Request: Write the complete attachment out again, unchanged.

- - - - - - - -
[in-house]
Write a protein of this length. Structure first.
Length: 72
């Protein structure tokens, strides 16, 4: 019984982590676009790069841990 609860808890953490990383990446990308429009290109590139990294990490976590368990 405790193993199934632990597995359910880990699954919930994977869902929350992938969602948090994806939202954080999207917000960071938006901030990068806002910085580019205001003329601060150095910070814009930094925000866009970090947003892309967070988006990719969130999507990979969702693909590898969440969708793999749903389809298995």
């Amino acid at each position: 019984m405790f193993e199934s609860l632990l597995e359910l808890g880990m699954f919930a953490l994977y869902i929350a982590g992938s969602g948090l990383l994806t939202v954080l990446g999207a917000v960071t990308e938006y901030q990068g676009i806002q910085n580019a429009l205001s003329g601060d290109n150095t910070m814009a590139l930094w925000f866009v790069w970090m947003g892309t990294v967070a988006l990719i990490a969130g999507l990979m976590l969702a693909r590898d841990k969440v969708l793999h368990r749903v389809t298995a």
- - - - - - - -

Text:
[in-house]
Write a protein of this length. Structure first.
Length: 72
């Protein structure tokens, strides 16, 4: 019984982590676009790069841990 609860808890953490990383990446990308429009290109590139990294990490976590368990 405790193993199934632990597995359910880990699954919930994977869902929350992938969602948090994806939202954080999207917000960071938006901030990068806002910085580019205001003329601060150095910070814009930094925000866009970090947003892309967070988006990719969130999507990979969702693909590898969440969708793999749903389809298995």
């Amino acid at each position: 019984m405790f193993e199934s609860l632990l597995e359910l808890g880990m699954f919930a953490l994977y869902i929350a982590g992938s969602g948090l990383l994806t939202v954080l990446g999207a917000v960071t990308e938006y901030q990068g676009i806002q910085n580019a429009l205001s003329g601060d290109n150095t910070m814009a590139l930094w925000f866009v790069w970090m947003g892309t990294v967070a988006l990719i990490a969130g999507l990979m976590l969702a693909r590898d841990k969440v969708l793999h368990r749903v389809t298995a």